Finally our newest addition "Domus" has made it's way to the shop. I've actually been working on this jewelry piece from the beginning, but it just took a few more tweaks to get just right.
This necklace is inspired by the Guggenheim Museum in New York City. I know some of you are happy to have another inspired piece from the good ol' US of A, and Tom and I were happy to have another excuse to travel to one of our favorite cities to visit this museum.
Frank Lloyd Wright is the architect of the building. This was his final great masterpiece, working on it from 1943 until his death in 1959. 16 years!!! I get twitchy after working on any project over 1 year. Unfortunately neither Wright nor Solomon R. Guggenheim were alive to see the museum's grand opening. Wright passed away at 91, just a few months prior to the museum's completion.
I knew from the beginning that I wanted the Guggenheim necklace to portray the magnificent interior focal point, the skylight. If you've ever visited, you know exactly why! As soon as you walk into the museum, you are standing in the center of a grand rotunda, enclosed by a spiraling 6 story high, 1/4 mile long ramp. Hovering above it all, letting in a soft gentle light, is a skylight like no other.
This rotunda is one of those feel good spaces, where you could sit for hours just relaxing and enjoying life. I stood looking up, spinning around in the center until I got a bit dizzy. Even if you can't afford the price of admission, it's worth walking in and standing at the base of the rotunda to see this spectacular space. Anything higher up requires an admission ticket.
The basic form of the building is an inverted ziggurat, reminding me of one of those collapsible travel cups I had as a kid. The artwork is arranged along the spiral ramp, allowing for one to experience the artwork as they slowly progress up and through the building.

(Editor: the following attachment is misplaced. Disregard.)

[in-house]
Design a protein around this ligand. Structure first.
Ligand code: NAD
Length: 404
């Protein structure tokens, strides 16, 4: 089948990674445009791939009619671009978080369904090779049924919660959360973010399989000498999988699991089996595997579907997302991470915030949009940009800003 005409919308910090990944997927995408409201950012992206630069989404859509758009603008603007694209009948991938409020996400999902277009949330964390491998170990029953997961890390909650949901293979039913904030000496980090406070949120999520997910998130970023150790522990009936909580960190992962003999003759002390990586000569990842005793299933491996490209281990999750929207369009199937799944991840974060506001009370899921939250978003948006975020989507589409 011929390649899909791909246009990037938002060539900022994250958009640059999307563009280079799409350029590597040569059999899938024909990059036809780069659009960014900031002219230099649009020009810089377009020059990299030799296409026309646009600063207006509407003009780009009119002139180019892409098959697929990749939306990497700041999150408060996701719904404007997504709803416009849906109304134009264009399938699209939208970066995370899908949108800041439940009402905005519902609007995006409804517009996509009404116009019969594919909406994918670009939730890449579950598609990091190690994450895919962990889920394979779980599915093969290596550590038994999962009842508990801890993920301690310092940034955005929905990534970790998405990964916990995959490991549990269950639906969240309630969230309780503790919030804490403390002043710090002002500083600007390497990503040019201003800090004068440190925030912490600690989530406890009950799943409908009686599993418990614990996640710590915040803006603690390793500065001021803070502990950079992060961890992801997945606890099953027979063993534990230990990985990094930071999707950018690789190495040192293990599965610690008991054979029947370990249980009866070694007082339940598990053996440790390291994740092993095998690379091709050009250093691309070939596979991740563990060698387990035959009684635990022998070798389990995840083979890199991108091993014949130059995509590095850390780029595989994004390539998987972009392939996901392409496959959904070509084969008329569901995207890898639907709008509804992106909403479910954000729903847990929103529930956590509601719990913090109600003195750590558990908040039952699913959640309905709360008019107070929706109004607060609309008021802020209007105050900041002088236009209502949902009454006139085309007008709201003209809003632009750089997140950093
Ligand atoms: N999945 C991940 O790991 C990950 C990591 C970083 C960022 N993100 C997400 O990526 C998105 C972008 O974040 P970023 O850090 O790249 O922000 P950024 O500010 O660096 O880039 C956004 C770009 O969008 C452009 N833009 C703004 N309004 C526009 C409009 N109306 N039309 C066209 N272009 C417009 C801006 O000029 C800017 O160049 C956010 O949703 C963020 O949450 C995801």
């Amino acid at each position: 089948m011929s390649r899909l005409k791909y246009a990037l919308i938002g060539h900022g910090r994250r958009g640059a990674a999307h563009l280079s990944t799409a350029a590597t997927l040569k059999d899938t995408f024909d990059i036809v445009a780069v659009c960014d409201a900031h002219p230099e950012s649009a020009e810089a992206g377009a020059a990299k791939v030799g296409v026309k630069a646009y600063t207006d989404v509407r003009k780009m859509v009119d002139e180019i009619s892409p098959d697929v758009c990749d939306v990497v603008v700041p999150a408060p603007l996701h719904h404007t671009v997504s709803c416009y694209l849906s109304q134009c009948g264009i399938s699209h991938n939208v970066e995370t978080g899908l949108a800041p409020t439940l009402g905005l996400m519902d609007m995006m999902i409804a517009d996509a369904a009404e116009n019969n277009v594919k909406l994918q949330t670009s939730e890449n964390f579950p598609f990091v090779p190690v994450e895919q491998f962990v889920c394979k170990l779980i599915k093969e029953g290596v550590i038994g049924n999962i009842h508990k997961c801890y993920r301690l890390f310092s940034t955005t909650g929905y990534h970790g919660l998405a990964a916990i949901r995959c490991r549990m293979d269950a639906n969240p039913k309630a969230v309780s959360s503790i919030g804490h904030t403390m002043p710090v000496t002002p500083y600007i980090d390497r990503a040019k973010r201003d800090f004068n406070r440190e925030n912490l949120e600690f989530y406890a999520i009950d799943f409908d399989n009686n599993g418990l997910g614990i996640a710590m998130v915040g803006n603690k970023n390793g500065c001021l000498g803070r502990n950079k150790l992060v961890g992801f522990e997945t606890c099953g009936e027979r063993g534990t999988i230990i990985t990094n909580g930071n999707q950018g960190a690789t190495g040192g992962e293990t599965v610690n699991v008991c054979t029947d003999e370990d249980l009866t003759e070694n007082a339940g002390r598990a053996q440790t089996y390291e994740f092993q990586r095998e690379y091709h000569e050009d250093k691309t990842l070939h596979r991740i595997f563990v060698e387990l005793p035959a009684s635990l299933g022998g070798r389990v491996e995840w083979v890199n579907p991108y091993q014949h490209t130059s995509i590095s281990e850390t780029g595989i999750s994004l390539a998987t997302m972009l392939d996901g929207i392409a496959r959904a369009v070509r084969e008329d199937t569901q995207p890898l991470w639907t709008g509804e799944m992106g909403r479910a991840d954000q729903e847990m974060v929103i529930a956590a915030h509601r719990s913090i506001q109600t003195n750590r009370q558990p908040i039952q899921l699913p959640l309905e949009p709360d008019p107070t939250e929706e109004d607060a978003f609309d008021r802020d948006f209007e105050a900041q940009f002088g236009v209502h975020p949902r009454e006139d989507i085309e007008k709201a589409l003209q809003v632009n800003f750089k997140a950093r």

When Tom and I visited, we chose to take the elevator up, and travel down the ramp. We enjoyed walking along it so much that once we got to the bottom, we turned around and walked back up! It really was enjoyable to walk through and see not only the artwork next to you, but to look across and see artwork across the rotunda along the ramp.
The domed skylight is a dodecagon, meaning it consists of 12 sections, and is broken up into 169 different sections of glass. All of this sits atop a concrete structure that turns into fins that extend down the rotunda, dividing the gallery along the ramp into small sections to display the art.
Our favorite works of art were housed in the Thannhauser Gallery. It contains some of our favorite artists including Picasso, Monet, Degas, Gauguin, and Kandinsky. Definitely worth a visit to see.
I will say that as architects, we had a hard time paying attention to the artwork, and found ourselves gazing up and around the rotunda for most of the time. We both took more photo's then we will ever use!
If you want to learn more about the design process of the building, there is a fantastic timeline here.